Mzungu: a story of a White girl in a Black Tanzania

Mzungu: (noun) a foreigner. A White person. Me.

Walking through the streets of Mwanza, that’s what I heard. Today the other interns and I went to the Mikono Yetu Centre to meet the staff and to start brainstorming for this summer’s projects. Maimuna had asked two people that work at Mikono Yetu, Haleema and Nlola, to meet us at the hostel this morning. The centre is across the city from us, so we walked a while and then caught a dala dala (a bus) until we reached Mikono Yetu. I was very happy that Halima and Mlola were there to lead us, or we would have spent hours trying to navigate the city.

Once at Mikono Yetu, we had a productive and encouraging morning. We met the staff at the centre and worked out some ideas and an agenda for getting an event in August underway. Creative juices flowed, and we got a lot of notes after picking Maimuna’s brain. Our homework is to research venues, food, and details for our four-day-long even celebrating Black women. Maimuna shared with us that many African women bleach their skin with chemicals to make their black skin lighter, and she is trying to create an event to celebrate African women and their beauty. And she’s getting a White girl to help her with it.

After a wonderful time at the centre, Mlola and Miraji (another man that works with Maimuna) helped us get back to our hostel. On the way back we picked up some more Swahili. Conversation among most of the Tanzanian passengers on the dala dala concerned patrilineal tribal inheritances, where Samira’s mom is from (Samira is the other WHE intern with us), and whether or not I actually know what “asante” means, or if I just say it because I’m told to. When we got off the dala dala, Mlola and Miraji brought us to the market where we bought kangas, traditional Tanzanian wraps. People in the market would say “karibu” or “habari,” try out the English that they knew, or just yell out “mzungu!” Miraji kept telling us to speak Swahili, and was very helpful when teaching us new words and phrases. Samira (her mom is from Tanzania) and Mlola also helped a lot.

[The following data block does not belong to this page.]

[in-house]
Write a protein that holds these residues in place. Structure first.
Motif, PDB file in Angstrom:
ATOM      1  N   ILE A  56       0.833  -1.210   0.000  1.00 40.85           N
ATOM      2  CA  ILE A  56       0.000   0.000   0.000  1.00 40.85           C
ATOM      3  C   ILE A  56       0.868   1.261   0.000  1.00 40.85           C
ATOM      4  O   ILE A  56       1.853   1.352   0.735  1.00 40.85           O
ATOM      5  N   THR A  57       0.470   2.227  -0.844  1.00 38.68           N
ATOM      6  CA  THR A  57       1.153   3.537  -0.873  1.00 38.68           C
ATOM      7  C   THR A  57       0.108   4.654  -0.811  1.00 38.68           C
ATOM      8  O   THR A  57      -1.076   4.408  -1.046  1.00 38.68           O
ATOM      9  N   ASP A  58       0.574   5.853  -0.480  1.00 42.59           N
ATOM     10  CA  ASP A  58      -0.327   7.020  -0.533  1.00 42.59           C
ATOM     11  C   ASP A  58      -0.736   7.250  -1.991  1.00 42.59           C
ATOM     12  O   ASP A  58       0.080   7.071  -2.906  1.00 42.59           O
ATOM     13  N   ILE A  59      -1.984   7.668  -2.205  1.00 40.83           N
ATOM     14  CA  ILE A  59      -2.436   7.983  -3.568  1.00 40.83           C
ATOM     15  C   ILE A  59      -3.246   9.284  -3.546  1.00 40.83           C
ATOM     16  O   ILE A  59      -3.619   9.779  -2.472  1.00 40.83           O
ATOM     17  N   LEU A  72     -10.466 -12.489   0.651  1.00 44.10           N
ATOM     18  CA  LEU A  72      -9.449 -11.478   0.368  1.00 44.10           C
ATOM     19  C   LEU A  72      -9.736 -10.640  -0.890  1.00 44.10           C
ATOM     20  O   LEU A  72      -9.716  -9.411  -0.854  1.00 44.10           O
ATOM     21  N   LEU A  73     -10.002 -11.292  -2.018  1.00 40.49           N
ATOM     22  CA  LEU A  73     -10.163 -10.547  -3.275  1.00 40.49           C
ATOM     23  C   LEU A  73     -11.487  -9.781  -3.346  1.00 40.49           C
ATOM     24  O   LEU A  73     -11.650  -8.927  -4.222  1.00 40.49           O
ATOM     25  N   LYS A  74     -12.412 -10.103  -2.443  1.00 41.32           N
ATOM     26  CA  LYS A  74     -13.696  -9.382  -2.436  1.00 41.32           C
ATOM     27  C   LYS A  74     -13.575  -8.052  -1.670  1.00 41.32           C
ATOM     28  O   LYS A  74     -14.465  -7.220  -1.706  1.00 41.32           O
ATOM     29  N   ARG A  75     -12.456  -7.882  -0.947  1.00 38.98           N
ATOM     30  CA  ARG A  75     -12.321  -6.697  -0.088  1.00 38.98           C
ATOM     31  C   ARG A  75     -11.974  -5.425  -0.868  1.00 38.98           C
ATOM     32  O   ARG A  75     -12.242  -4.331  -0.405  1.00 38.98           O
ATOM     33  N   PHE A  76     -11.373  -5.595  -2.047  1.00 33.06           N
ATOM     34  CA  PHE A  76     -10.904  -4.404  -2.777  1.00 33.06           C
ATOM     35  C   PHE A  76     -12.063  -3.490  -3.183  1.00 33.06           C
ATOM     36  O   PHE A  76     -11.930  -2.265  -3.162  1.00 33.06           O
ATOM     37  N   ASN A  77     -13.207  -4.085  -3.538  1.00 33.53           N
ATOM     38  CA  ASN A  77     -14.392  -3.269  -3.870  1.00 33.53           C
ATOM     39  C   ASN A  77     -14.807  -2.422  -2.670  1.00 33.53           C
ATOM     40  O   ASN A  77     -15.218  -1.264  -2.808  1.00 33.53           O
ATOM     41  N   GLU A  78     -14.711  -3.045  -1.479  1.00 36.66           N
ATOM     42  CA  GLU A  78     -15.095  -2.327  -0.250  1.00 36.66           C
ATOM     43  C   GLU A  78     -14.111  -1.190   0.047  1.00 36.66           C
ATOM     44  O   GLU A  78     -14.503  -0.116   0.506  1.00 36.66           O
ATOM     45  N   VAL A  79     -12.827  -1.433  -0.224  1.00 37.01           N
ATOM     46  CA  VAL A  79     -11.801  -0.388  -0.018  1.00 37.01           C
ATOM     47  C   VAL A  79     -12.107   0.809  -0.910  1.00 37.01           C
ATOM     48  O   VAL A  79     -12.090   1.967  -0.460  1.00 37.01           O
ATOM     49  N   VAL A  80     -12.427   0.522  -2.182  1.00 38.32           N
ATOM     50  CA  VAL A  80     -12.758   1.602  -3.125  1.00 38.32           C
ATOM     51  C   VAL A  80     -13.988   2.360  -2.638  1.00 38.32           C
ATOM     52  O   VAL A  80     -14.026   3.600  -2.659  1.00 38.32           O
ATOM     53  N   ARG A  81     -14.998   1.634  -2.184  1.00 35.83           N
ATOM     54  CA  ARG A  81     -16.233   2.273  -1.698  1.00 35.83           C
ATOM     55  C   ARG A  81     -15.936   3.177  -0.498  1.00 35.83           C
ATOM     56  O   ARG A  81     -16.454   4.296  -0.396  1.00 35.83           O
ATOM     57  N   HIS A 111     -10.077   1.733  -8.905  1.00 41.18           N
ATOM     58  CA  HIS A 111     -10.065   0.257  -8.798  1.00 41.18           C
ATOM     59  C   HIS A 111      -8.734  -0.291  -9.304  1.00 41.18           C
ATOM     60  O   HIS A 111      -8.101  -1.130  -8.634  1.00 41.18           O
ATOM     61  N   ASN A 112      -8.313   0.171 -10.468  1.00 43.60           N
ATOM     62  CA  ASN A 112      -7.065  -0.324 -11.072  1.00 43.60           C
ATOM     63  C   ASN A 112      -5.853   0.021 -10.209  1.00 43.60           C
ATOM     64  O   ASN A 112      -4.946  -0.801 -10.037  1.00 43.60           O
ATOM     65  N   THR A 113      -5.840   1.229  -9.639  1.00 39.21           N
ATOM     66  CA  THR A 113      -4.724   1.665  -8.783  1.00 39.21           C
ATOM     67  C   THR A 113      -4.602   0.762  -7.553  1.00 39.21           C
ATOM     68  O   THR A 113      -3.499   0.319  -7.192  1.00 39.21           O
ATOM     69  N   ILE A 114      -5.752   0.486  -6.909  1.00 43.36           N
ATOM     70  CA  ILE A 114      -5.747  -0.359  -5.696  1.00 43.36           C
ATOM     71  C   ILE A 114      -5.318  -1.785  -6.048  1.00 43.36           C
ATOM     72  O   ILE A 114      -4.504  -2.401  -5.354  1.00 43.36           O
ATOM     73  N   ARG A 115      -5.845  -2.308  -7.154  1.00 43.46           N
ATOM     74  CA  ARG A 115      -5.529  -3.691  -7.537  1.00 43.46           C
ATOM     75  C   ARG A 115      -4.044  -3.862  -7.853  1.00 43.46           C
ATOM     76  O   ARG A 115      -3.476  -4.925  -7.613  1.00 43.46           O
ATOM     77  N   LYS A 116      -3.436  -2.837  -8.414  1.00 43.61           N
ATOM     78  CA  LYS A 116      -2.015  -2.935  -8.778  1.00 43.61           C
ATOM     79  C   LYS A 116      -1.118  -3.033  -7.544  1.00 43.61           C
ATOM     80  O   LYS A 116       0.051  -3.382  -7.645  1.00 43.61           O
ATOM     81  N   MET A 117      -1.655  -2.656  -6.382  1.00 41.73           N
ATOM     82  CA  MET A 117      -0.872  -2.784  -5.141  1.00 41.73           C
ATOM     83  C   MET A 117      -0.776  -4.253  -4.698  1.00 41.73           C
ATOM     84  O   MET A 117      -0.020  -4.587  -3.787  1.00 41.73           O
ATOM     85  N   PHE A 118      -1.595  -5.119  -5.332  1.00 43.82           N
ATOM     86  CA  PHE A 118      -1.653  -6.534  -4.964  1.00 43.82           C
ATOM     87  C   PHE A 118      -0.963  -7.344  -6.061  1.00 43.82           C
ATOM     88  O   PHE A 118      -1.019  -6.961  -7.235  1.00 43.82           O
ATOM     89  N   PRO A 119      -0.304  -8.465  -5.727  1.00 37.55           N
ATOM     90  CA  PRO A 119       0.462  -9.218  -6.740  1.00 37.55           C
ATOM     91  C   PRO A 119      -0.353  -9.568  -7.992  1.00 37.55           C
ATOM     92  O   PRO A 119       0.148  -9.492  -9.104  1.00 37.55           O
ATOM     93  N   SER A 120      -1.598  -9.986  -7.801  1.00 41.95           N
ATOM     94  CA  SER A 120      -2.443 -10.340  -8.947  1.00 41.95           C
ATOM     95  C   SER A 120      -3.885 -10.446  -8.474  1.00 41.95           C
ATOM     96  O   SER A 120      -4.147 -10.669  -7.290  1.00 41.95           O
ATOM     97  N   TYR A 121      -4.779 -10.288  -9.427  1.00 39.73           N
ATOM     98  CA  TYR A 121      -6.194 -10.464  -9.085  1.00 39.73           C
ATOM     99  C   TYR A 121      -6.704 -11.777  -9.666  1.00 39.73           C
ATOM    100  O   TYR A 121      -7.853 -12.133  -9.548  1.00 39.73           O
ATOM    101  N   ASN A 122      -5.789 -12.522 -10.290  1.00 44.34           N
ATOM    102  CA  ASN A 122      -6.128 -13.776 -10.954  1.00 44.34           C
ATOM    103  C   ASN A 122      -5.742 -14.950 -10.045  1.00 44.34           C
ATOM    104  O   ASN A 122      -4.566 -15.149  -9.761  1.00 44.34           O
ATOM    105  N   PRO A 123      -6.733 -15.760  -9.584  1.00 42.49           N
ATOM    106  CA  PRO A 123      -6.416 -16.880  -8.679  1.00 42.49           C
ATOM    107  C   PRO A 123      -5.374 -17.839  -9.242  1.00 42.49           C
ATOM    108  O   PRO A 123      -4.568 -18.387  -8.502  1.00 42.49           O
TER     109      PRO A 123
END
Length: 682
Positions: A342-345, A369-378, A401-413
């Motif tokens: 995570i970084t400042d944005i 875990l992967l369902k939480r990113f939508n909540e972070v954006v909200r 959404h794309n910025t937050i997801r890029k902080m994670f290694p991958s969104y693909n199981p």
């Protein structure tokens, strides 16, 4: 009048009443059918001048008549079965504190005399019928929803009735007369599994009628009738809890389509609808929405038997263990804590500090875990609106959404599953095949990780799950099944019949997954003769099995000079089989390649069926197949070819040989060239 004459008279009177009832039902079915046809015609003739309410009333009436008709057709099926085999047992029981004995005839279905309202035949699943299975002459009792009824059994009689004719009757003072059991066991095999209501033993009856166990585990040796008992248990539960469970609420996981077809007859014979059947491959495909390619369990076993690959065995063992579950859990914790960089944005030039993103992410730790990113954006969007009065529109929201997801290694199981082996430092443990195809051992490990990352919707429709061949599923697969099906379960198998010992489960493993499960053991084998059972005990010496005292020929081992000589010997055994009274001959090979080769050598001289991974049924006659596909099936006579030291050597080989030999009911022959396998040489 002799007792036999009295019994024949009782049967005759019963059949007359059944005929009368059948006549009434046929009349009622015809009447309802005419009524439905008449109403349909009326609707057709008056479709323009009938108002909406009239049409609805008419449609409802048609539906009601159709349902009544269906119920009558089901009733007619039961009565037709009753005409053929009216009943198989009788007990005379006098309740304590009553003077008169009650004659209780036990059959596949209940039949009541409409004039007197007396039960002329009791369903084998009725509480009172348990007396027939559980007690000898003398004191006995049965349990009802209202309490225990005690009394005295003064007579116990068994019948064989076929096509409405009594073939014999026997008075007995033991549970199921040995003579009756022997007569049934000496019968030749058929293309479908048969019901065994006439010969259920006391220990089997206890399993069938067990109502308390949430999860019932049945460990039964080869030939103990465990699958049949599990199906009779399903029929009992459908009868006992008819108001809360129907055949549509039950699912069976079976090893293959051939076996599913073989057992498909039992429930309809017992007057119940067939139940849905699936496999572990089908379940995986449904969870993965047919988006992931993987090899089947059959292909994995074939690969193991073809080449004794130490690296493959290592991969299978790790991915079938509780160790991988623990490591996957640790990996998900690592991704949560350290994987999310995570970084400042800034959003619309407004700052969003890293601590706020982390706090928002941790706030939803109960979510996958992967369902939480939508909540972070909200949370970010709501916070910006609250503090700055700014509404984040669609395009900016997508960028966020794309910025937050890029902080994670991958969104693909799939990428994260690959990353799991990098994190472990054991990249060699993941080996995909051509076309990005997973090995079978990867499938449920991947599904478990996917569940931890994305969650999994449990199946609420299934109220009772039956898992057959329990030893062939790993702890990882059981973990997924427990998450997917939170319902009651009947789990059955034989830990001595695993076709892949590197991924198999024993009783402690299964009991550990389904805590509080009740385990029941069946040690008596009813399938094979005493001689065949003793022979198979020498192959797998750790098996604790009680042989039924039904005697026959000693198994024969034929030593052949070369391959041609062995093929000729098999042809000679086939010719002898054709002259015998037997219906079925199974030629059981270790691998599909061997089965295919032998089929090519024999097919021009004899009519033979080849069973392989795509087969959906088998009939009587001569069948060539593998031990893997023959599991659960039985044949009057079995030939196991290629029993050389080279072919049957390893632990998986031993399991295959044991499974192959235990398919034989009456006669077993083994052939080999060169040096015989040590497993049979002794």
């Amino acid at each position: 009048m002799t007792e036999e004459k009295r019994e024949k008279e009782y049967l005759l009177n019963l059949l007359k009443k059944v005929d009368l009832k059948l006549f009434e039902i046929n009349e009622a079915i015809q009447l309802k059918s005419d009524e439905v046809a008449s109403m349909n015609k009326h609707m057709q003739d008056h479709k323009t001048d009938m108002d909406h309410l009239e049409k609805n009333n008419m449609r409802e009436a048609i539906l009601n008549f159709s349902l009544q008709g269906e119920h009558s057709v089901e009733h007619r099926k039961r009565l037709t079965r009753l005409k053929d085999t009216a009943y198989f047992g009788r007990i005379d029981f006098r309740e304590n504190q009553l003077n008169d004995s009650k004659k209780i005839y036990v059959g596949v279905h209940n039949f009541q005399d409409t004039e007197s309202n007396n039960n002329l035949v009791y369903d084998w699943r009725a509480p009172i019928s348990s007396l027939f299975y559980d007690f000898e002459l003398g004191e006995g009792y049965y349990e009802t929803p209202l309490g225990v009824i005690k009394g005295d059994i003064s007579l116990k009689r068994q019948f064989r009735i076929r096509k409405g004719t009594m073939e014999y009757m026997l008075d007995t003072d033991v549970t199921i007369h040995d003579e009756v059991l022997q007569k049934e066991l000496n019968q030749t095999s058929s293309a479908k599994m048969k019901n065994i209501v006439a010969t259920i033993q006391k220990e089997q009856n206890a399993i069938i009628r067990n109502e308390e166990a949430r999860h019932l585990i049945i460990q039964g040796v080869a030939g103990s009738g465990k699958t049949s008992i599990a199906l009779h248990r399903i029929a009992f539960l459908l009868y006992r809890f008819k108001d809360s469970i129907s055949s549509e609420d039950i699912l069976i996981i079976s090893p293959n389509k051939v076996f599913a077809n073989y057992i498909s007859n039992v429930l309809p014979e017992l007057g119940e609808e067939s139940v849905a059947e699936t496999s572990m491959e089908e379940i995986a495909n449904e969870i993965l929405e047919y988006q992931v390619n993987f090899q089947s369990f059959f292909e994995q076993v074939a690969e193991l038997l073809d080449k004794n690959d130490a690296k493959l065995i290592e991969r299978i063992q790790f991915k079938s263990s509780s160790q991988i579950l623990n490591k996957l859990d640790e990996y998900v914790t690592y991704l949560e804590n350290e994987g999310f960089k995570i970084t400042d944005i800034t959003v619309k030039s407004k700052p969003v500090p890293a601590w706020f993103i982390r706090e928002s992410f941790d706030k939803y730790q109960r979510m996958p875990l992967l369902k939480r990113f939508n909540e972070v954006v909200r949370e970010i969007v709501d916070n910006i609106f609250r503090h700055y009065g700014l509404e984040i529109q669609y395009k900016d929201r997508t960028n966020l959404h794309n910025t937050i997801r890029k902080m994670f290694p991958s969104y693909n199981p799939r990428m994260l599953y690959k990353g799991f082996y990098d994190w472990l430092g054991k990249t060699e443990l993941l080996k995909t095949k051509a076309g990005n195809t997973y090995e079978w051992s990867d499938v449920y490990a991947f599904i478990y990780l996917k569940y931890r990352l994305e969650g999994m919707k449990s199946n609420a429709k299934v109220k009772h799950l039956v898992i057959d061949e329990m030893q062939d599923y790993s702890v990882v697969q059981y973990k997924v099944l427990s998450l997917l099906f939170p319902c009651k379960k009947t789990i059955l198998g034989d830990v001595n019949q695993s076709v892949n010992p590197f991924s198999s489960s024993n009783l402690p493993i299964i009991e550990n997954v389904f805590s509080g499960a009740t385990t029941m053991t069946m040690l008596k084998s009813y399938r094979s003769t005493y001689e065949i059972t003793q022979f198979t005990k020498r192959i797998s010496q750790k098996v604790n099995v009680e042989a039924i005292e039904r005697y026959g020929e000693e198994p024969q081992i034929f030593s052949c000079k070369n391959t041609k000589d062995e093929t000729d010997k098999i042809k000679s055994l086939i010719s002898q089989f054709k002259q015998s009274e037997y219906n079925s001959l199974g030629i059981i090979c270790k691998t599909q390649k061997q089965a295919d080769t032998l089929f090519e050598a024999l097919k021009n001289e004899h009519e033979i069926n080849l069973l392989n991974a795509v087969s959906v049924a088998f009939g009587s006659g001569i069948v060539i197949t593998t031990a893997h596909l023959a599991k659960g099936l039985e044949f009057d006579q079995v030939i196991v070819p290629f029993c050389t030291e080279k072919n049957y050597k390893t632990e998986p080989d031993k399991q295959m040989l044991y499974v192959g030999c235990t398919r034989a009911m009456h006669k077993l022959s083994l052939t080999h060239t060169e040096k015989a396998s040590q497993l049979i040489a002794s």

Living in Canada, it is difficult to think of Western equivalents to these kinds of experiences. I walk through the market here and everyone knows I’m a mzungu. I had people ask me if I speak Swahili, and even though I didn’t know what passersby were saying, I could often pick out “mzungu.” I don’t know if this is because I’m in the majority in Canada and I don’t experience being singled out because of how I look, or if Canada just has a different kind of history and diversity that Tanzania doesn’t experience. Regardless, I stuck out in a Tanzanian marketplace, with my white skin, backpack, and constant questions like “how do you say this in Swahili?” and “can you say that again slower? (pole pole!)”. My deer-in-the-headlights expression that is probably a permanent feature of my face by now doesn’t help either. As a majority in Canada, it’s humbling to come to a place where I am so visibly and unforgettably different. I experienced what it is like to be a lone White girl in a Tanzanian marketplace surrounded by local, Black Tanzanians. I didn’t dislike these experiences; it was just different.

Overall, today was encouraging. We made new friends, learned new things, and began to fill up this week’s schedule. This mzungu is going to bed early.

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One thought on “Mzungu: a story of a White girl in a Black Tanzania

  1. Amara

    That time when I realize how much your writing has leveled up. I mean don’t get me wrong I knew that you had gotten better but I’m impressed.

    It sounds very difficult, trying to deal with the language barrier while being watched under a microscope. I wonder if over time people will become more accustomed or if in 3 months you will simply be able to understand and converse better.

    In any case young mzungu, much to see, you have.
    Much excitement to hear, I have.

    Like

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